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Top 10 operating systems for ethical hackers and penetration testers

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A hacker is a highly skilled computer operator who uses bugs and exploits to break into computer systems and networks. An ethical hacker, on the other hand, identifies vulnerabilities in computer systems and networks, and plugs these holes. Here’s a round-up of the ten best operating systems for ethical hackers and penetration testers.

Hacking has been part of computing for over five decades and is a very broad area, covering a range of tasks. The term hacker originated in 1960 at MIT. Hacking is regarded as a process of locating all possible back doors that exist in a computer system or network and, finally, intruding into it. In simple terms, it is regarded as an unauthorised activity to gain access to a computer system or network, to harm it or prevent its normal functions and to steal sensitive information available on computing systems.

On the other hand, hacking can also be a legal activity when it is used to discover back doors and weaknesses in computer systems in order to patch them. This is called ethical hacking.

In today’s cyber world, lots of varied attacks occur every hour and are achieved by professional hackers, virus writers and crackers. The most basic tool required by every hacker is a hacking operating system. Usually, the operating systems specialising in hacking are based on the Linux kernel. These operating systems are regarded as advanced working systems, which include lots of ethical hacking and penetration testing tools.

In this article, the ten best operating systems used by ethical hackers and penetration testers are featured. All of them are free, open source, are based on the Linux kernel and are bundled with many hacking tools.

1. Kali Linux
Kali Linux is based on the Debian-Linux distribution, and is especially designed for digital forensics and penetration testing. It is maintained and updated on a regular basis by Offensive Security Ltd, under the leadership of Mati Aharoni, Devon Kearns and Raphael Hertzog who are core developers. Kali comes pre-installed with more than 300 penetration testing programs and can be installed as a primary operating system on the hard disk, live CD/USB and can even run as a virtual machine using some virtualisation software.

Kali Linux supports both 32-bit and 64-bit images for use with x86 machines, and even supports various development boards like Raspberry Pi, BeagleBone, Odroid, CuBox, etc.

Figure 1: Kali Linux

Tool categories

  • Information gathering: These tools are used to gather information regarding DNS, IDS/IPS, network scanning, operating system, routing, SSL, SMB, VPN, VOPI, SNMP, email and VPN.
  • Vulnerability assessment: These tools access the CISCO network and discover vulnerabilities in several database servers.
  • Web applications: These tools are related to Web applications like content management systems, database exploitation, application proxies, Web vulnerability scanners, etc.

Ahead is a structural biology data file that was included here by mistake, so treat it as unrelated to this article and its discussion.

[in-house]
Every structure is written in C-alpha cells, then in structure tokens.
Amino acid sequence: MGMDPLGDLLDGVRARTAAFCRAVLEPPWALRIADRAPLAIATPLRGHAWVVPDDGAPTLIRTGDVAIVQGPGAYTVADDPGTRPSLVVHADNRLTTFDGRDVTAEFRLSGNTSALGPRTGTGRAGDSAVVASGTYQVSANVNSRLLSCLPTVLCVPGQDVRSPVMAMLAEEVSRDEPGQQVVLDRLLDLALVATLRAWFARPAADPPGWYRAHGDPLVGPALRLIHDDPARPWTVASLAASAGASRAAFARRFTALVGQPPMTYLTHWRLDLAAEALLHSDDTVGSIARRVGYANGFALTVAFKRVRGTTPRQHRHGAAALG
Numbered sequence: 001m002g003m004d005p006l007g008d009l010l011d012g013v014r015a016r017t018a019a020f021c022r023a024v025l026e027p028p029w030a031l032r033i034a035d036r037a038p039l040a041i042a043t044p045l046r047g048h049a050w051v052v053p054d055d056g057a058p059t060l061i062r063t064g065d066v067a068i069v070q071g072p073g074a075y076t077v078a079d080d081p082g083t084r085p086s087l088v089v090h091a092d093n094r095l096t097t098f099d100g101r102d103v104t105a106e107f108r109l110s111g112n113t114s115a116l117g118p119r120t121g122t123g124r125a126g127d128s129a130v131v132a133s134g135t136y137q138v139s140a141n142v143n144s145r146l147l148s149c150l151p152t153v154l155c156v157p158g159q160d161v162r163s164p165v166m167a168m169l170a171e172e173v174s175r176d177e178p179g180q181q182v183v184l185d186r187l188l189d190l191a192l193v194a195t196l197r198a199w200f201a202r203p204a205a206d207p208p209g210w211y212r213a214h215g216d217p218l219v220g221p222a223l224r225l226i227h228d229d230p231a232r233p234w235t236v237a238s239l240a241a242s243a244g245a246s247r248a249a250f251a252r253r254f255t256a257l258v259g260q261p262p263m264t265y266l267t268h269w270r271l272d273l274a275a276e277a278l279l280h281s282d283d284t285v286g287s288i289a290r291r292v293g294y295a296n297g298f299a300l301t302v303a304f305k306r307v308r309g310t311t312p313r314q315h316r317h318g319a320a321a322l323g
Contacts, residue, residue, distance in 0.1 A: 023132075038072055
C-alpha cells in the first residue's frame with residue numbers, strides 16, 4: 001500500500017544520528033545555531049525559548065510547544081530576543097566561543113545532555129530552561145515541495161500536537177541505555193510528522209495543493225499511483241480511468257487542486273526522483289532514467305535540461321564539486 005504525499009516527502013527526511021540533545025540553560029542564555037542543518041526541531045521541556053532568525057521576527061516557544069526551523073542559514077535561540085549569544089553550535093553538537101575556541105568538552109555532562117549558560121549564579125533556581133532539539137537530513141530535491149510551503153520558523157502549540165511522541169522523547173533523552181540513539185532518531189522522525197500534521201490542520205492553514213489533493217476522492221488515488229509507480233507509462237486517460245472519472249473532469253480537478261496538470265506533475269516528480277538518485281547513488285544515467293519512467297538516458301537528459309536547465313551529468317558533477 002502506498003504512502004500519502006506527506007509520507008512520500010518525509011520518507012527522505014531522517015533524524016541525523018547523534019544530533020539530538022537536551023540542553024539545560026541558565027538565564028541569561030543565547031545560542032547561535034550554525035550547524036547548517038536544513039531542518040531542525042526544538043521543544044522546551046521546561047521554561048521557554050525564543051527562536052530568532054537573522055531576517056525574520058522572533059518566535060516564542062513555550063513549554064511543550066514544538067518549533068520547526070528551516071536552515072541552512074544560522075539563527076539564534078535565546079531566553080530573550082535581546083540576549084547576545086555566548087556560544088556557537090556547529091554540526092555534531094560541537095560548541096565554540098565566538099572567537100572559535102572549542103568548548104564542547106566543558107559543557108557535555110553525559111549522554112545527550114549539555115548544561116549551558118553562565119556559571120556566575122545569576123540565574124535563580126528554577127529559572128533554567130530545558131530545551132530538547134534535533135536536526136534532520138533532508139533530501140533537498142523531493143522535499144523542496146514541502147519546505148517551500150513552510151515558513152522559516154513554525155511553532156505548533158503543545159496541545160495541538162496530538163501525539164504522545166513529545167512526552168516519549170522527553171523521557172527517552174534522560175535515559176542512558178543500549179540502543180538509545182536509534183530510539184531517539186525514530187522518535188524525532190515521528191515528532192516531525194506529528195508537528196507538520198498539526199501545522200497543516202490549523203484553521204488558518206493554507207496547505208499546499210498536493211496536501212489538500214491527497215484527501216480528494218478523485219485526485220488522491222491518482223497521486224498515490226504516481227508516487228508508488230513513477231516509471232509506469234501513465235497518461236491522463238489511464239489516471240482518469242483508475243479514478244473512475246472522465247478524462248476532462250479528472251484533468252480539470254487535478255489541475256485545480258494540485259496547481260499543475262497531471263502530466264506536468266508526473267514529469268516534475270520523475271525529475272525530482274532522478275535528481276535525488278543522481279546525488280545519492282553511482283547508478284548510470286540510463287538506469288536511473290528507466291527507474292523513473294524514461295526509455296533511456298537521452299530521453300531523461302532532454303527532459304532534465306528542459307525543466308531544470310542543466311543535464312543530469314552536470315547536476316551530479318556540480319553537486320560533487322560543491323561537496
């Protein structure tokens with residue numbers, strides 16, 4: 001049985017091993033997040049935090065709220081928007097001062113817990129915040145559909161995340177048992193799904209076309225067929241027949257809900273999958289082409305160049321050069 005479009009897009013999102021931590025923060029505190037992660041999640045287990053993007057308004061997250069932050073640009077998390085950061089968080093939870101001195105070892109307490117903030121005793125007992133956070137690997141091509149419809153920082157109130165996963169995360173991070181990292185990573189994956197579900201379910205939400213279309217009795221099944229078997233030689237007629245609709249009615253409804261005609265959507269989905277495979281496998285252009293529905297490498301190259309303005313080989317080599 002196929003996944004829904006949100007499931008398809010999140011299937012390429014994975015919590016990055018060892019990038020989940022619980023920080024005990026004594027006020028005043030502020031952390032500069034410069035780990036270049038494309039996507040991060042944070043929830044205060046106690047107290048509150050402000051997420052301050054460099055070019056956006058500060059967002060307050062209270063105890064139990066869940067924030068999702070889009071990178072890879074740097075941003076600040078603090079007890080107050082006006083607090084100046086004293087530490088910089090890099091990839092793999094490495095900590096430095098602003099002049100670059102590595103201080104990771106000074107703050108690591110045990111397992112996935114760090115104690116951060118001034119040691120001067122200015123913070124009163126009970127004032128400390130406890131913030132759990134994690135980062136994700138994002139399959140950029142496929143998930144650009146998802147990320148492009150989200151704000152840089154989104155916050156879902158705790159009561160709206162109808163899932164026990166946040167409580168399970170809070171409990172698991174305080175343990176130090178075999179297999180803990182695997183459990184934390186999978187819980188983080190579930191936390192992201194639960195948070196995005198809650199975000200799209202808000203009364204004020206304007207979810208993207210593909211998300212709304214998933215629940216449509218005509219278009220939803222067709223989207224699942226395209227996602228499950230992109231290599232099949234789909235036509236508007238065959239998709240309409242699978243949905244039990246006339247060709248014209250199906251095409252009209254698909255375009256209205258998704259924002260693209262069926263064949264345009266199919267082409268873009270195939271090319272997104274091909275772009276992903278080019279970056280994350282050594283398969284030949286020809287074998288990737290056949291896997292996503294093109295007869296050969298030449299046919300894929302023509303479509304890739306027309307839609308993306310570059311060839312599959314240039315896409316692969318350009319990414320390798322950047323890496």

• Password attacks: These tools perform password attacks via brute force, dictionary attacks, etc.
  • Exploitation tools: These exploit vulnerabilities in target systems for networks, the Web and databases, and to perform social engineering attacks.
  • Sniffing and spoofing: These tools sniff the network and Web traffic.
  • Maintaining access: These tools maintain access to the target machine, to assess operating system back doors and for tunnelling.
  • Reporting tools: These document the penetration testing process.
  • System services: These tools contain various pen-testing services like Apache, MySQL, SSH and Metasploit services.

Kali Linux is bundled with several tools that perform wireless attacks, reverse engineering, stress testing, hardware hacking and forensics.

Key features:

  • Bundled with more than 600 penetration testing tools as compared to Backtrack OS.
  • Completely free and open source and committed to GitHub, with the source code of each package being available.
  • Kali Linux is FHS (Filesystem Hierarchy Standard) compliant to locate binaries, and support files and libraries.
  • Kali Linux offers a custom kernel for customised coding and patching up the latest updates.
  • Every package in it is GPG signed and, hence, committed to high quality standards by developers.
  • ARMEL and ARMHF support allows Kali Linux to be installed on various other devices like Pi, Odroid, Chromebook, etc.

Latest version: Kali Linux 2016.2 (32-bit/64-bit)

2. BackBox
BackBox is an Ubuntu-based Linux distribution aimed at assisting ethical hackers and penetration testers in security assessments. BackBox OS is designed with the objective of being faster, easily operable and having a minimal desktop environment. The key advantage of BackBox is that its own software repositories are updated at regular intervals to keep the distribution stable and popular for real-world operations.